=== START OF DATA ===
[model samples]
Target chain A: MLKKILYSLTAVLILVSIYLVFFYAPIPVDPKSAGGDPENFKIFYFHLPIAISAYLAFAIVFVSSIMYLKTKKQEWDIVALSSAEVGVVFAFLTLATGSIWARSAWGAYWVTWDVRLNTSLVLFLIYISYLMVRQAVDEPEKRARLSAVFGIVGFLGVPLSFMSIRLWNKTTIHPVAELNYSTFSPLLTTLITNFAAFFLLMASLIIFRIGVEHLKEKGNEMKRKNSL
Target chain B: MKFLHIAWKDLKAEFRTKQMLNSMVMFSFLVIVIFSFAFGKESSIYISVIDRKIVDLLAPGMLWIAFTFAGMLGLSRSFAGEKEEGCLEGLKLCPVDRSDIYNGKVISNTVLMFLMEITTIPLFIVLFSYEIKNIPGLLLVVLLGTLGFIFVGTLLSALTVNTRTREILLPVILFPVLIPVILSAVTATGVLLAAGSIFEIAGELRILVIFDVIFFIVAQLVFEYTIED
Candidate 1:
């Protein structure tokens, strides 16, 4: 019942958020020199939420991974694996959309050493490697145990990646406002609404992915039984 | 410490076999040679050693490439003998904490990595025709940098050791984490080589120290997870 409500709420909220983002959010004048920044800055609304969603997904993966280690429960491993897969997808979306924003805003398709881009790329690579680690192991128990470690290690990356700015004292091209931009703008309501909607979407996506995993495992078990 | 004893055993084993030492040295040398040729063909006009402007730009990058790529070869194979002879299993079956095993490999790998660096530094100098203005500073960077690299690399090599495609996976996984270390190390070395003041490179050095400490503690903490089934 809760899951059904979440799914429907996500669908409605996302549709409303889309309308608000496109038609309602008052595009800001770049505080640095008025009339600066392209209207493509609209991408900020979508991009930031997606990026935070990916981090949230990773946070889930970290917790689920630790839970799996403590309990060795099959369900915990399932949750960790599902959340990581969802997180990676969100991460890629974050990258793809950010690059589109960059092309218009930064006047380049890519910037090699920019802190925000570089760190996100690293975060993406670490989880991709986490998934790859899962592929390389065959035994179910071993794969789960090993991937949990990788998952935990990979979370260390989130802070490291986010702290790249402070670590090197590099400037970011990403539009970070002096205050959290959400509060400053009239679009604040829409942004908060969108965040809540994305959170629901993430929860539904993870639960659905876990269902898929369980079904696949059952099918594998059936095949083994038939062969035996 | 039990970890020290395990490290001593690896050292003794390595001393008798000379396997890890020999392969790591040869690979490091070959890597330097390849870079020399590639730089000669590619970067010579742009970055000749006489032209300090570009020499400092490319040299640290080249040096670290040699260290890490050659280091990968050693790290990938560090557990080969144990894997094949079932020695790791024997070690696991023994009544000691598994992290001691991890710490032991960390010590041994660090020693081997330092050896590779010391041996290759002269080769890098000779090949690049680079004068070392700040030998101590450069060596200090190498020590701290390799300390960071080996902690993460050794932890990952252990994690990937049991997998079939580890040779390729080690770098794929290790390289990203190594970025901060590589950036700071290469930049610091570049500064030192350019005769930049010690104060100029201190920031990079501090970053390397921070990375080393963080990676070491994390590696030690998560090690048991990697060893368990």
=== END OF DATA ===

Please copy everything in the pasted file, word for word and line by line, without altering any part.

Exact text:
[model samples]
Target chain A: MLKKILYSLTAVLILVSIYLVFFYAPIPVDPKSAGGDPENFKIFYFHLPIAISAYLAFAIVFVSSIMYLKTKKQEWDIVALSSAEVGVVFAFLTLATGSIWARSAWGAYWVTWDVRLNTSLVLFLIYISYLMVRQAVDEPEKRARLSAVFGIVGFLGVPLSFMSIRLWNKTTIHPVAELNYSTFSPLLTTLITNFAAFFLLMASLIIFRIGVEHLKEKGNEMKRKNSL
Target chain B: MKFLHIAWKDLKAEFRTKQMLNSMVMFSFLVIVIFSFAFGKESSIYISVIDRKIVDLLAPGMLWIAFTFAGMLGLSRSFAGEKEEGCLEGLKLCPVDRSDIYNGKVISNTVLMFLMEITTIPLFIVLFSYEIKNIPGLLLVVLLGTLGFIFVGTLLSALTVNTRTREILLPVILFPVLIPVILSAVTATGVLLAAGSIFEIAGELRILVIFDVIFFIVAQLVFEYTIED
Candidate 1:
């Protein structure tokens, strides 16, 4: 019942958020020199939420991974694996959309050493490697145990990646406002609404992915039984 | 410490076999040679050693490439003998904490990595025709940098050791984490080589120290997870 409500709420909220983002959010004048920044800055609304969603997904993966280690429960491993897969997808979306924003805003398709881009790329690579680690192991128990470690290690990356700015004292091209931009703008309501909607979407996506995993495992078990 | 004893055993084993030492040295040398040729063909006009402007730009990058790529070869194979002879299993079956095993490999790998660096530094100098203005500073960077690299690399090599495609996976996984270390190390070395003041490179050095400490503690903490089934 809760899951059904979440799914429907996500669908409605996302549709409303889309309308608000496109038609309602008052595009800001770049505080640095008025009339600066392209209207493509609209991408900020979508991009930031997606990026935070990916981090949230990773946070889930970290917790689920630790839970799996403590309990060795099959369900915990399932949750960790599902959340990581969802997180990676969100991460890629974050990258793809950010690059589109960059092309218009930064006047380049890519910037090699920019802190925000570089760190996100690293975060993406670490989880991709986490998934790859899962592929390389065959035994179910071993794969789960090993991937949990990788998952935990990979979370260390989130802070490291986010702290790249402070670590090197590099400037970011990403539009970070002096205050959290959400509060400053009239679009604040829409942004908060969108965040809540994305959170629901993430929860539904993870639960659905876990269902898929369980079904696949059952099918594998059936095949083994038939062969035996 | 039990970890020290395990490290001593690896050292003794390595001393008798000379396997890890020999392969790591040869690979490091070959890597330097390849870079020399590639730089000669590619970067010579742009970055000749006489032209300090570009020499400092490319040299640290080249040096670290040699260290890490050659280091990968050693790290990938560090557990080969144990894997094949079932020695790791024997070690696991023994009544000691598994992290001691991890710490032991960390010590041994660090020693081997330092050896590779010391041996290759002269080769890098000779090949690049680079004068070392700040030998101590450069060596200090190498020590701290390799300390960071080996902690993460050794932890990952252990994690990937049991997998079939580890040779390729080690770098794929290790390289990203190594970025901060590589950036700071290469930049610091570049500064030192350019005769930049010690104060100029201190920031990079501090970053390397921070990375080393963080990676070491994390590696030690998560090690048991990697060893368990």